Real Talk: My First Encounter With Racism

Recently, the Black Lives Matter movement has been gaining a lot of momentum, because of all the things happening in the U.S right now.

Racism has always been a weird topic for me. As a Filipino, I’ve never really experienced racism to the same degree as many other races do, and often find it hard or awkward to speak out on those issues when I haven’t, thankfully, experienced much racism first hand.

Though, with all that’s been happening, I remembered my first real life encounter with racism. Before that, I had only imagined racism being something on T.V, on the news, and not something that could happen in my own life. After all, I grew up in quite a small town/city (though currently, my city is expanding at the rate of an exponential function), which at the very least gave me a very enclosed ‘bubble’ to live in.

I was in an outlet mall with some of my extended family from my mother’s side. It was the Labour Day weekend, and my grandmother wanted to get some shopping in after spending the night away from home for the holidays. At this time, I was still a pre-teen, probably 12 or so years old. I remember going into a fancy store that sold $500 handbags and $50 umbrellas. I was with my grandmother, my mom, and my aunt. They were looking at some cross body bags that were on sale, when my aunt got a text from her husband.

Now, interracial marriage is rare for those in Asian culture, but I had never really noticed it until this point in my life.

My uncle, (my aunt’s husband), had married into our family. He was Pakistani, though raised in North America. Honestly, he is one of the kindest souls I’ve ever met. In fact, my earliest memories of him are when he used to come over for birthday parties, etc. with my aunt, and would always always play with my sister and I.

This was around the time when the Nintendo DS Lite had just come out, and my sister and I had gotten the game Yoshi’s Island for Christmas. Now, we both played for fun, but we also both sucked at the game. My uncle would always play it for us, and let us watch, even when he could probably be doing so many more interesting things.

Not only this, but my uncle is also very very sharp. Every time I talk to him, I feel like I’ve been enlightened. He’s an engineer, and talks a lot about his job, and I always find it so fascinating that someone can be so intellectual and passionate about the things they do.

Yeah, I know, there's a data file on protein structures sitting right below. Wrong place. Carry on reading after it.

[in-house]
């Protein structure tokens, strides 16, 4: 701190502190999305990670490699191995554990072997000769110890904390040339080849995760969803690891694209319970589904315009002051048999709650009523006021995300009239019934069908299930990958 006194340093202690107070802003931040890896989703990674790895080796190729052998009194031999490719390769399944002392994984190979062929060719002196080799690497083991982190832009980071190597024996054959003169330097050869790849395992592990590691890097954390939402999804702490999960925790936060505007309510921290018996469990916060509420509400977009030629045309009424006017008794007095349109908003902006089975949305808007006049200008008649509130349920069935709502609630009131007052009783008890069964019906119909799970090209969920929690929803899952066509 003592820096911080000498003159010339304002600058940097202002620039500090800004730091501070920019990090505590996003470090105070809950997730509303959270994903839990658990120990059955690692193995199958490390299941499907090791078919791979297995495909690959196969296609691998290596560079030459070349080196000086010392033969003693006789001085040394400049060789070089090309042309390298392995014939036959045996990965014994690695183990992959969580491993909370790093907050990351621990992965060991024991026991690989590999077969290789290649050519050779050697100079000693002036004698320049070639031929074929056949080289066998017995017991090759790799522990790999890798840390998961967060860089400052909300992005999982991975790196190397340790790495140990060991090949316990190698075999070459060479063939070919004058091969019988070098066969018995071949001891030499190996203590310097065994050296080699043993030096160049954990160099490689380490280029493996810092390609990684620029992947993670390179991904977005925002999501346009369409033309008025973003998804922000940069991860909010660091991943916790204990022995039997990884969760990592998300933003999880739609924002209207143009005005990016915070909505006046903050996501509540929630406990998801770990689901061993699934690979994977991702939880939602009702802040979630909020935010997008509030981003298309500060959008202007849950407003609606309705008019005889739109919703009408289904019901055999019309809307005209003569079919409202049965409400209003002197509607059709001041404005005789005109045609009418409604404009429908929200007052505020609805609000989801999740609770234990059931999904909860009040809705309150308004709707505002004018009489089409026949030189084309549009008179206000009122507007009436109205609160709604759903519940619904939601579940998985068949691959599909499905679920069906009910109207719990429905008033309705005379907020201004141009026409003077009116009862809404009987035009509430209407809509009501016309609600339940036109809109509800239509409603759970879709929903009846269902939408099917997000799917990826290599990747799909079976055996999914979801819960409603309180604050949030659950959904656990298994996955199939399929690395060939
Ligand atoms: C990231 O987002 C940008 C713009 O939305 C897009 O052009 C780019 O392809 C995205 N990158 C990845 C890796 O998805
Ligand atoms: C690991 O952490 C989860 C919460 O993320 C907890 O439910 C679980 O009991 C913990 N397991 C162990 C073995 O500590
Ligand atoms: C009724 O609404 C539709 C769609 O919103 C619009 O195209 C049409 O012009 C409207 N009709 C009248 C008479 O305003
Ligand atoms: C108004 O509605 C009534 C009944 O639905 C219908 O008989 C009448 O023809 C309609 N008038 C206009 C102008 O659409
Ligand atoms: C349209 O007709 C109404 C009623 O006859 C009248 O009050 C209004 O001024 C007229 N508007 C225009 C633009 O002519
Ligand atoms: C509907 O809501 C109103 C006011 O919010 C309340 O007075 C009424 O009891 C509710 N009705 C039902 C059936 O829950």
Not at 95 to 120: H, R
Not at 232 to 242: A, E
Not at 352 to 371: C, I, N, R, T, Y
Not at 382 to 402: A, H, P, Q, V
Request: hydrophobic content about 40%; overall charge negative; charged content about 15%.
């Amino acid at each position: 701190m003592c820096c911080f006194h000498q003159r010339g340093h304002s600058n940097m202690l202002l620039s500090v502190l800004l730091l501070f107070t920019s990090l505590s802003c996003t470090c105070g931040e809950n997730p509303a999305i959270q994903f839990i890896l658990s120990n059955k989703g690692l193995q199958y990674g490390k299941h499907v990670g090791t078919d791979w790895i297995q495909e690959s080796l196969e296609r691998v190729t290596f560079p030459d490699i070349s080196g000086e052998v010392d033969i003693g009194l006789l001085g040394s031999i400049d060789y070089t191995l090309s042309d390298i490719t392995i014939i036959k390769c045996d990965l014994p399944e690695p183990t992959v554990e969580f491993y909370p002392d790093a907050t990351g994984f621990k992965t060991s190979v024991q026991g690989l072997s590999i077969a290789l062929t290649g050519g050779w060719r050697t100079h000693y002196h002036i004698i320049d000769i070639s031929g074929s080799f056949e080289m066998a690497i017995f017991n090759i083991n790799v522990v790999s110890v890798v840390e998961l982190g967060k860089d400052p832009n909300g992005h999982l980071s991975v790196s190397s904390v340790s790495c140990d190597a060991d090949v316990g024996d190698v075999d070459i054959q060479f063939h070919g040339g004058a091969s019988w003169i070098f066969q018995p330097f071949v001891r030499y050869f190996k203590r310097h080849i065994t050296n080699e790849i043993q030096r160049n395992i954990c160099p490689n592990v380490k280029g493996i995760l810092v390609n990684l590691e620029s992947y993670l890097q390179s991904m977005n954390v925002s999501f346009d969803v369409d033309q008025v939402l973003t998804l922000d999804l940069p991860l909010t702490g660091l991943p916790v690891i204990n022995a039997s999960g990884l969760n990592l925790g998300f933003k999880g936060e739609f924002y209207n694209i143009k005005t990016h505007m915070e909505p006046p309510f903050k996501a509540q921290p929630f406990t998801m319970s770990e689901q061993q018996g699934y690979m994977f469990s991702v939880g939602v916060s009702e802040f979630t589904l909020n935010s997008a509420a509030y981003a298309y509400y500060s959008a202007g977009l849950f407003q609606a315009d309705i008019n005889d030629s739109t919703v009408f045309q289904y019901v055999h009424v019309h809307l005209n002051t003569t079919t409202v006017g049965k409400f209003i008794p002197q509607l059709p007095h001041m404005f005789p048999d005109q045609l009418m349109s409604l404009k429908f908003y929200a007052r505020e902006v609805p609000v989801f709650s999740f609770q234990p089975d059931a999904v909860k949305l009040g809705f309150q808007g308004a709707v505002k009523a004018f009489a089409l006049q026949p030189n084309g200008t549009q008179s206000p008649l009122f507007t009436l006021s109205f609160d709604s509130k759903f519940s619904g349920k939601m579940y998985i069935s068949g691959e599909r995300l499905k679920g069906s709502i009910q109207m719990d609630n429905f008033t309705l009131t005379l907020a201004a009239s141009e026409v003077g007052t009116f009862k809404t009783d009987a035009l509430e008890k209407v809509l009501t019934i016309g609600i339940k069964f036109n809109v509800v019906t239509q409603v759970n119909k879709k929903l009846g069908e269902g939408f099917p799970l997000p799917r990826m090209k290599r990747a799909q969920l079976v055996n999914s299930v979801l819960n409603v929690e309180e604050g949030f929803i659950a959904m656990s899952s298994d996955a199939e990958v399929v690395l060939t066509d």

But I digress, up until this moment in time, I had never once thought of my uncle in terms of his race, and how he was different from the rest of my family. But it was on the Labour Day weekend, that race finally became something I noticed in my every day life.

See, my uncle had texted my aunt, because he was stuck at the front door of the store. There were a line of people, and my uncle had asked if he could get in, not to shop, but because their daughter wanted to be with her mom, and he just wanted to accompany us in the store. He was denied access of course, which seemed to be fair enough, considering the line of people waiting to get in, but it did not end there, even though I wish it did.

The manager of the store accused my uncle of making up this whole story because he wanted to get into the store to steal something.

Why? Simply because he was Pakistani.

I remember the hurt on my aunt’s face, as she fought with the manager. My uncle, bless his soul, really didn’t want any sort of confrontation, and decided just to wait outside.

Of course, my aunt would take none of this, and boycotted the store for the rest of the day.

It was a shock to me, really. To think, someone as kind, smart, and golden-hearted as my uncle could be denied entry into a store, simply due to the colour of his skin was an outrageous idea.

But unfortunately, a sad reality.

Up until that moment, I didn’t understand the weight of racism. But because of stories like these, I had to come to the awful conclusion that some people were judged and therefore systematically oppressed because of their race; plain and simple.

I don’t write about this to gain sympathy or attention. I’m pretty sure I’m the only one in my family that even remembers this story (and Lord, I hope I’ve remembered it correctly). I simply write this because I think it’s unfortunate that every human being will have a moment in life where they will realize that people are not treated equally to each other. Especially so, on such trivial things like differing skin colours, religions, cultures, etc.

We need to speak out for the minorities that are fighting for equality. There are so many wonderful people that are treated poorly, and it just burdens my heart that this happens.

Never forget to show love this week, next week, and every week onward. Our world feels full of hate right now, but if we each make a conscious attempt to spread just a little bit of love, eventually, that love will reach someone who really really needs it right now.

– Carole